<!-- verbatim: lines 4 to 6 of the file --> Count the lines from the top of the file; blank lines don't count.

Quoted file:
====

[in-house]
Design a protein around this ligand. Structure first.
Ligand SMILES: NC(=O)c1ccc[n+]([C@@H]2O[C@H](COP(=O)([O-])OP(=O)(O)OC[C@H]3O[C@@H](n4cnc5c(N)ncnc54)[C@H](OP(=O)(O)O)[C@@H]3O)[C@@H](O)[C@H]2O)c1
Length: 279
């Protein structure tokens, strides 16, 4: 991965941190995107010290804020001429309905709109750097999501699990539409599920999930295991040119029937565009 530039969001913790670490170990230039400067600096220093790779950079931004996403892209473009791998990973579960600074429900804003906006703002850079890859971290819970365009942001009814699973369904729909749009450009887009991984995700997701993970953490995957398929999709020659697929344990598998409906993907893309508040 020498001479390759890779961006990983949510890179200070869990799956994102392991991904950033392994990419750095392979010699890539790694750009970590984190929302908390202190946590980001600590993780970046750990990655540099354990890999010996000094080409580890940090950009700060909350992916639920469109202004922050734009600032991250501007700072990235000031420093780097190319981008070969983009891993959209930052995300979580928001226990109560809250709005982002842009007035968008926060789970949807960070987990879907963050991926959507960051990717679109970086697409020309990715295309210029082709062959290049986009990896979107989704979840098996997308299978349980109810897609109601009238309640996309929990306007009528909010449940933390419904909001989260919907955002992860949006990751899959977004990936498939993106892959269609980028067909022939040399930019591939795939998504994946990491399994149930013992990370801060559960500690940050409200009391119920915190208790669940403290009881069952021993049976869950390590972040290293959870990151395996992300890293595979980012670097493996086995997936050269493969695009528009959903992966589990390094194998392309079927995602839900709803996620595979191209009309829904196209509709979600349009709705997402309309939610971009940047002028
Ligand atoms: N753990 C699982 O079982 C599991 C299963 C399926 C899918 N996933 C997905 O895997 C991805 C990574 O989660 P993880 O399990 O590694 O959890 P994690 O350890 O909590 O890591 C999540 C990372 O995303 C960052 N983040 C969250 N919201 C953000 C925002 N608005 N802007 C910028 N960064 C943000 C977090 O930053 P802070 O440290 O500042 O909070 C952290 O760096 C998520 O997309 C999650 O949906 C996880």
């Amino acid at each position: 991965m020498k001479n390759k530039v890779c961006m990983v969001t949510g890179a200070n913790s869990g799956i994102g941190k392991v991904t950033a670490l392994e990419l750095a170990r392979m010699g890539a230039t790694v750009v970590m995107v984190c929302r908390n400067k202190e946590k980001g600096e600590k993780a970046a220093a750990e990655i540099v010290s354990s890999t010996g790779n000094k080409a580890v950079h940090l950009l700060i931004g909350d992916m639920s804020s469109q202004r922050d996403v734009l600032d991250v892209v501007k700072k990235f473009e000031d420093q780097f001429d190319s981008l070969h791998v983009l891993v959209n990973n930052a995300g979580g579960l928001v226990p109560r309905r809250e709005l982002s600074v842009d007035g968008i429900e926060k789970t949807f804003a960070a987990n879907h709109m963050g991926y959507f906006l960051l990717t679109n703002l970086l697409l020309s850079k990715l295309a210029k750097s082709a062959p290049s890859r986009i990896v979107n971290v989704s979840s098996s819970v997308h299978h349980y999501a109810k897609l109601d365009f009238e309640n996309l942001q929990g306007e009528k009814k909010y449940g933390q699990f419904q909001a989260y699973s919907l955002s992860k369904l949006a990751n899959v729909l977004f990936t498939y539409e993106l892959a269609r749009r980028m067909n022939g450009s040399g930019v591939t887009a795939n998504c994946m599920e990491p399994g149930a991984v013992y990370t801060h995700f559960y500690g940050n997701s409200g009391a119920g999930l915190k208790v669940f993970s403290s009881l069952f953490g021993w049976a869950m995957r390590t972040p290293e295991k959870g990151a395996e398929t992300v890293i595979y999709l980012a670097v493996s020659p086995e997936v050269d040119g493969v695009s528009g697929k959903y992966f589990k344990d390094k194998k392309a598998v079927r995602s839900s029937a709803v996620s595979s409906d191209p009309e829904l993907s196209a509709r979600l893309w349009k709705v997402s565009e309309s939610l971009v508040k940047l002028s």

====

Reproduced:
Length: 279
């Protein structure tokens, strides 16, 4: 991965941190995107010290804020001429309905709109750097999501699990539409599920999930295991040119029937565009 530039969001913790670490170990230039400067600096220093790779950079931004996403892209473009791998990973579960600074429900804003906006703002850079890859971290819970365009942001009814699973369904729909749009450009887009991984995700997701993970953490995957398929999709020659697929344990598998409906993907893309508040 020498001479390759890779961006990983949510890179200070869990799956994102392991991904950033392994990419750095392979010699890539790694750009970590984190929302908390202190946590980001600590993780970046750990990655540099354990890999010996000094080409580890940090950009700060909350992916639920469109202004922050734009600032991250501007700072990235000031420093780097190319981008070969983009891993959209930052995300979580928001226990109560809250709005982002842009007035968008926060789970949807960070987990879907963050991926959507960051990717679109970086697409020309990715295309210029082709062959290049986009990896979107989704979840098996997308299978349980109810897609109601009238309640996309929990306007009528909010449940933390419904909001989260919907955002992860949006990751899959977004990936498939993106892959269609980028067909022939040399930019591939795939998504994946990491399994149930013992990370801060559960500690940050409200009391119920915190208790669940403290009881069952021993049976869950390590972040290293959870990151395996992300890293595979980012670097493996086995997936050269493969695009528009959903992966589990390094194998392309079927995602839900709803996620595979191209009309829904196209509709979600349009709705997402309309939610971009940047002028
Ligand atoms: N753990 C699982 O079982 C599991 C299963 C399926 C899918 N996933 C997905 O895997 C991805 C990574 O989660 P993880 O399990 O590694 O959890 P994690 O350890 O909590 O890591 C999540 C990372 O995303 C960052 N983040 C969250 N919201 C953000 C925002 N608005 N802007 C910028 N960064 C943000 C977090 O930053 P802070 O440290 O500042 O909070 C952290 O760096 C998520 O997309 C999650 O949906 C996880």